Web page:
#WhoDressesGod? #blogtour #booksontour #day3
It’s been a long journey since the initial conceptualisation of Who Dresses God? came into being. Thankfully, Teena takes us through her inspirations, motivations and road to publication, as well as her favourite moments when creating this special book. A must-read interview! 😇
Teena, congratulations on the new edition of the special story, ‘Who Dresses God?’!
You have mentioned that the story was inspired by your daughter as she asked this question as a child. Can you tell us about that moment and what her interest in God meant to you?
When my children were small we always tucked into bed straight after lunch for story time and a nap. One day my younger daughter, who was about three at the time, asked me who looked after God. Ariane had been on a visit with my mum and apparently they’d had a conversation that had raised a lot of questions in her mind about this invisible being who could see, hear, speak and know everything, yet didn’t have eyes, ears and tongue like we did. The conversation took me by surprise because we weren’t a religious family and didn’t read the Bible or go to church and neither did my own or my husband’s family. However I grew up being involved in many kitchen table discussions about spirituality and the deeper meaning of life and was always encouraged to question everything. When my children came along I loved their curiosity about the world and everything in it and always took the time to enter into long discussions and respond to anything they asked as simply and honestly as I could. So when Ariane asked, “Who dresses God?” we had an interesting chat before her nap and I thought no more about it until the story popped into my mind a few days later.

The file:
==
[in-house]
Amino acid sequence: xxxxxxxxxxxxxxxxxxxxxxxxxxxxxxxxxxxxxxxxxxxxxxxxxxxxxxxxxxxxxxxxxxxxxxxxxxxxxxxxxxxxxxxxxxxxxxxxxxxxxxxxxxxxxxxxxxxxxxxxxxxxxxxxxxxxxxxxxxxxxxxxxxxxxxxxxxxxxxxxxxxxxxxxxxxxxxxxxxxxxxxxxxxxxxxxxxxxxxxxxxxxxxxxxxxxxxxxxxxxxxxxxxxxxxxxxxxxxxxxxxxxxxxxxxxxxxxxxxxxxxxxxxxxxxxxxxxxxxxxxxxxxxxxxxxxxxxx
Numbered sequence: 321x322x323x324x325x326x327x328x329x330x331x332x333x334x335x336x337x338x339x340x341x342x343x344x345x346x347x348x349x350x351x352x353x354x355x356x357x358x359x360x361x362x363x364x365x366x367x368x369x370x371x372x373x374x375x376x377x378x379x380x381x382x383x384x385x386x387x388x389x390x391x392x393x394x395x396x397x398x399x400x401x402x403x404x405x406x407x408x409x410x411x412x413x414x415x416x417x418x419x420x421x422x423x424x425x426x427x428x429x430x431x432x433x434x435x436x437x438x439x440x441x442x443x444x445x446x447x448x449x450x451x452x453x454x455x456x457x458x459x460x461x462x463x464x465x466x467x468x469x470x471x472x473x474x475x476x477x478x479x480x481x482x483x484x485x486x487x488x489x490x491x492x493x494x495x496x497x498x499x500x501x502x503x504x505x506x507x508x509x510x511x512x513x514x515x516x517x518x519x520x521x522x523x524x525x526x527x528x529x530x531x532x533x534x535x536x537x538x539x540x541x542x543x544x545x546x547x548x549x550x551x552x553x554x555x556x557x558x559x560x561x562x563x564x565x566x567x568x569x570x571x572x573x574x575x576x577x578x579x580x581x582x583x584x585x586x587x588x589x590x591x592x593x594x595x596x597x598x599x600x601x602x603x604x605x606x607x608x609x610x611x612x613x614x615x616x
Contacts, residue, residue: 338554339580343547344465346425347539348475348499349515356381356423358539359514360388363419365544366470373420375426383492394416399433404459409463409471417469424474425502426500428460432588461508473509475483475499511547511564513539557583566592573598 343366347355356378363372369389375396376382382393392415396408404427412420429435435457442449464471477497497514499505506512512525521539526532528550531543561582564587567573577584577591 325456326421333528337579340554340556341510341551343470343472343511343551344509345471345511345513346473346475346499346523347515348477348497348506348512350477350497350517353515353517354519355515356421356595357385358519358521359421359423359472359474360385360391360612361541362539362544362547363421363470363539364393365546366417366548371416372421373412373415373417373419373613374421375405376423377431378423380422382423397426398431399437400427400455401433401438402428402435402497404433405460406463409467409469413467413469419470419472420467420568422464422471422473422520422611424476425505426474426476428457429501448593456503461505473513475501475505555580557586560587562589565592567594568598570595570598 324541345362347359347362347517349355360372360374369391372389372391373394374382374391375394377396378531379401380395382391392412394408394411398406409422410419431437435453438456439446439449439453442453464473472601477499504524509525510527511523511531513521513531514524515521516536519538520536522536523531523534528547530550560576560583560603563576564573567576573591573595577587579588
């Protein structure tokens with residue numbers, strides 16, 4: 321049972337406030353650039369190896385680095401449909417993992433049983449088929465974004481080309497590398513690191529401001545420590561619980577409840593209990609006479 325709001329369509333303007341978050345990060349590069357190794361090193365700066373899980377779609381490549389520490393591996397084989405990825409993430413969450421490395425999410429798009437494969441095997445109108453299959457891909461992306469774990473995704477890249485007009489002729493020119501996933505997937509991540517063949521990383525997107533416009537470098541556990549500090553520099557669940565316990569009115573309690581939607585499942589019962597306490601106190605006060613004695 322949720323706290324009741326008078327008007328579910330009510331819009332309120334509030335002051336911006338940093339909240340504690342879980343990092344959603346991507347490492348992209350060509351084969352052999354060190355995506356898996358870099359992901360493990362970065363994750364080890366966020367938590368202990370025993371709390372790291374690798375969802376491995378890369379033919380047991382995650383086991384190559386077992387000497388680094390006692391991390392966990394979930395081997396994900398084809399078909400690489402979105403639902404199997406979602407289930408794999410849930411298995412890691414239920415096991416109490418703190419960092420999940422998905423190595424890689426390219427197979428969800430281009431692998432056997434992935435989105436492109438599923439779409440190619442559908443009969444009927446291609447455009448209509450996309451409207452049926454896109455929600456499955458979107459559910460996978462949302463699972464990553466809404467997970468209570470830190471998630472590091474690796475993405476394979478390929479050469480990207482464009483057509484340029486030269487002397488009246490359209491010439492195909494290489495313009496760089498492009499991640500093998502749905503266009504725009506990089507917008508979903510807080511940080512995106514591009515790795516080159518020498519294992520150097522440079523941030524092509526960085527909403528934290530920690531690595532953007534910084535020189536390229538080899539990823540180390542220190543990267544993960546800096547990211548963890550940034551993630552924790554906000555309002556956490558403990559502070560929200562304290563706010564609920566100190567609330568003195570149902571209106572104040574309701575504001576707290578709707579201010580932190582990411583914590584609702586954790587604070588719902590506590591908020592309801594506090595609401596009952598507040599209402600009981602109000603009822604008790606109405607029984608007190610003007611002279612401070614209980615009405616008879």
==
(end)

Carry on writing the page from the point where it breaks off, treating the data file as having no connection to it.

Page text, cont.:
This is the second edition of ‘Who Dresses God?’ since the original in 2012. Why have you decided to re-publish it, and what have you found to be the main differences between the processes, then and now?
This picture book had a long journey to publication. As I mentioned earlier, Ariane was about three at the time her questions inspired the story and she now has teenage children of her own. I submitted the manuscript to a number of publishers at the time and it was accepted twice. The first time it didn’t go ahead because the Australian publisher was unable to secure a partnership agreement with a UK publisher. The second publisher commissioned some illustrations but wasn’t happy with them, then there was a change in management and the project was abandoned. After those two disappointments, the story stayed in my filing cabinet for years. When Dad died in 2010 he left me his lifetime of spiritual writing. As I was sorting through it, I remembered how much he’d loved this story and had hoped it would find a market one day. I signed up for a partnership publishing agreement, commissioned the illustrations and prepared the book for publication. Five years later the company offered their authors the opportunity to take over the publishing, so I did.
The main difference in the process is that I am taking more responsibility for marketing the book instead of handing it over to someone else due to lack of confidence. Thanks to my wonderful friend Karen McDermott of Serenity Press, I have a distributor (Novella Distribution) and I hope more families will be able to share this story, which will always be special to me.
‘Who Dresses God?’ is a beautiful story with a gentle lyrical rhythm. Why did you choose to write it in rhyme, and how do you think it connects with children as a read aloud story?